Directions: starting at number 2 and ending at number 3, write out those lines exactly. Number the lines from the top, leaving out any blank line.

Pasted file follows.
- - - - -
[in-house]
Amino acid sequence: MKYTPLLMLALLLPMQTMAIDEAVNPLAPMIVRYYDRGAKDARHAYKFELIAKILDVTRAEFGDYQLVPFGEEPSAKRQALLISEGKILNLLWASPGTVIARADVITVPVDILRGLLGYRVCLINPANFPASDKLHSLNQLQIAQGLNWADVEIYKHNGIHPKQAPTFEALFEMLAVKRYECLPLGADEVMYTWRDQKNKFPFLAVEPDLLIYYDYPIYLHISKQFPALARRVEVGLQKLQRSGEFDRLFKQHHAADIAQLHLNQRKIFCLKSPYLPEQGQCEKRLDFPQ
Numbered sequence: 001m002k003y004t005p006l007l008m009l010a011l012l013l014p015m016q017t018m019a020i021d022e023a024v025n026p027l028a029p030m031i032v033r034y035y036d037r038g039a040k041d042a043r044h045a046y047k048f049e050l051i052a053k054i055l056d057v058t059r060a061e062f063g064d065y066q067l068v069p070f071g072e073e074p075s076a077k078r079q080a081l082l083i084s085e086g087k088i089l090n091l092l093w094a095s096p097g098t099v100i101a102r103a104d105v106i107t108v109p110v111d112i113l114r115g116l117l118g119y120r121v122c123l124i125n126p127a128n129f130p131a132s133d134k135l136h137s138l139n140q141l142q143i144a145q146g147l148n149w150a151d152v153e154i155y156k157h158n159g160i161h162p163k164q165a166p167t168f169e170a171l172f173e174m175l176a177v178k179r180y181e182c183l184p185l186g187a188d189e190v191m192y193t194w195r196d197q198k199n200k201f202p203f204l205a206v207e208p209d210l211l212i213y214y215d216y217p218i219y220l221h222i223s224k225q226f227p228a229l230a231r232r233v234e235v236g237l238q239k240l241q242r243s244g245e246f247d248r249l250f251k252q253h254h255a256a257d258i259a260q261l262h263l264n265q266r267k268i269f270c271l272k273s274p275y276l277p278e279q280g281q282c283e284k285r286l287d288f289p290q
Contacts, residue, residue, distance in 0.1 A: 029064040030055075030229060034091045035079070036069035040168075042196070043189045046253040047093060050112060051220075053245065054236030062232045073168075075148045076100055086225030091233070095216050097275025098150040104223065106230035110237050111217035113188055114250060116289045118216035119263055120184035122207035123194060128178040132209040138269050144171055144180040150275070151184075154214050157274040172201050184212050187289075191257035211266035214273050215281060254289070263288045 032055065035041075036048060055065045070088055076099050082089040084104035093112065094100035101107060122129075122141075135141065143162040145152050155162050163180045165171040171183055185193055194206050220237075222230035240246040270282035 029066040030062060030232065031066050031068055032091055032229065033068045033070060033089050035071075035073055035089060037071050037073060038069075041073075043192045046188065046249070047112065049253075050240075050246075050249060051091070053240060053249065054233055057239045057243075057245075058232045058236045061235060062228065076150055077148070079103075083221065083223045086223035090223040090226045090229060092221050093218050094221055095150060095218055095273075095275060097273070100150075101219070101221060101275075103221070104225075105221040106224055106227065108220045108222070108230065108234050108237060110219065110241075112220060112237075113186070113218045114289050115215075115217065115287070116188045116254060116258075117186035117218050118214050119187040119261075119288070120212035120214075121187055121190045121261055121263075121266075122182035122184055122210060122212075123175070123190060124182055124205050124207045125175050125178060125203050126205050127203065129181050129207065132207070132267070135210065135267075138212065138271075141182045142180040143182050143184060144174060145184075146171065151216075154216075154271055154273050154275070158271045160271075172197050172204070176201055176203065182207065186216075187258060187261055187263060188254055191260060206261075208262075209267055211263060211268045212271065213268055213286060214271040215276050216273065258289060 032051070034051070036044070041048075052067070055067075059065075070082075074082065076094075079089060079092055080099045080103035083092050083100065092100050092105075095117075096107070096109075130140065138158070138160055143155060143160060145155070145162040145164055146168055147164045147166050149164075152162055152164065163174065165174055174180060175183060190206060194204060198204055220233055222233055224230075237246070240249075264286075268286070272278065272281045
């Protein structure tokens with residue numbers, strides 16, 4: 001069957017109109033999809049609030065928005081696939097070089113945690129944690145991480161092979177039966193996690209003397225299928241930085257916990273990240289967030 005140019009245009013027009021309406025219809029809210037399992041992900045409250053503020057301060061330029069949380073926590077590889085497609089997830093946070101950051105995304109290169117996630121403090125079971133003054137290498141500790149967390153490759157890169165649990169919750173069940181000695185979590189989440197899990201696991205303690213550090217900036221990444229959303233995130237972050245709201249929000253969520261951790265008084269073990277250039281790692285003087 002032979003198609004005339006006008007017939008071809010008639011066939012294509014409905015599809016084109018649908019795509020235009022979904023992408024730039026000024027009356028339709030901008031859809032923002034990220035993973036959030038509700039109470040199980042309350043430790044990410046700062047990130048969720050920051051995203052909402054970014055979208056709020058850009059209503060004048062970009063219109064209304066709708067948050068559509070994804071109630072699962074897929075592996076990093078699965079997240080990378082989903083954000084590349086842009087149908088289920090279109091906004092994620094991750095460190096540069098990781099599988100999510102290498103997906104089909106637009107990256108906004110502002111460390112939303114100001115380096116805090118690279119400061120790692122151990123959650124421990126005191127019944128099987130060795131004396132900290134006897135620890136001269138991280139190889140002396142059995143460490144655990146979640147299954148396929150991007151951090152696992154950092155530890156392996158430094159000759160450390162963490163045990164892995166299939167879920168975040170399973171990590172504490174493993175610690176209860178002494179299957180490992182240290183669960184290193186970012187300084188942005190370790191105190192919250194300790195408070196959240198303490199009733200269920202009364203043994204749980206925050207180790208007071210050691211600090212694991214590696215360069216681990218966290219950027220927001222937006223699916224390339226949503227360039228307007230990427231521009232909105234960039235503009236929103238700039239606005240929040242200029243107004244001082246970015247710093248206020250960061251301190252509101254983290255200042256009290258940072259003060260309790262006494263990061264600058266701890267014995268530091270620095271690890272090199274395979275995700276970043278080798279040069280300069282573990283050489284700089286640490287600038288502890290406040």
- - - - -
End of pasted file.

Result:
Amino acid sequence: MKYTPLLMLALLLPMQTMAIDEAVNPLAPMIVRYYDRGAKDARHAYKFELIAKILDVTRAEFGDYQLVPFGEEPSAKRQALLISEGKILNLLWASPGTVIARADVITVPVDILRGLLGYRVCLINPANFPASDKLHSLNQLQIAQGLNWADVEIYKHNGIHPKQAPTFEALFEMLAVKRYECLPLGADEVMYTWRDQKNKFPFLAVEPDLLIYYDYPIYLHISKQFPALARRVEVGLQKLQRSGEFDRLFKQHHAADIAQLHLNQRKIFCLKSPYLPEQGQCEKRLDFPQ
Numbered sequence: 001m002k003y004t005p006l007l008m009l010a011l012l013l014p015m016q017t018m019a020i021d022e023a024v025n026p027l028a029p030m031i032v033r034y035y036d037r038g039a040k041d042a043r044h045a046y047k048f049e050l051i052a053k054i055l056d057v058t059r060a061e062f063g064d065y066q067l068v069p070f071g072e073e074p075s076a077k078r079q080a081l082l083i084s085e086g087k088i089l090n091l092l093w094a095s096p097g098t099v100i101a102r103a104d105v106i107t108v109p110v111d112i113l114r115g116l117l118g119y120r121v122c123l124i125n126p127a128n129f130p131a132s133d134k135l136h137s138l139n140q141l142q143i144a145q146g147l148n149w150a151d152v153e154i155y156k157h158n159g160i161h162p163k164q165a166p167t168f169e170a171l172f173e174m175l176a177v178k179r180y181e182c183l184p185l186g187a188d189e190v191m192y193t194w195r196d197q198k199n200k201f202p203f204l205a206v207e208p209d210l211l212i213y214y215d216y217p218i219y220l221h222i223s224k225q226f227p228a229l230a231r232r233v234e235v236g237l238q239k240l241q242r243s244g245e246f247d248r249l250f251k252q253h254h255a256a257d258i259a260q261l262h263l264n265q266r267k268i269f270c271l272k273s274p275y276l277p278e279q280g281q282c283e284k285r286l287d288f289p290q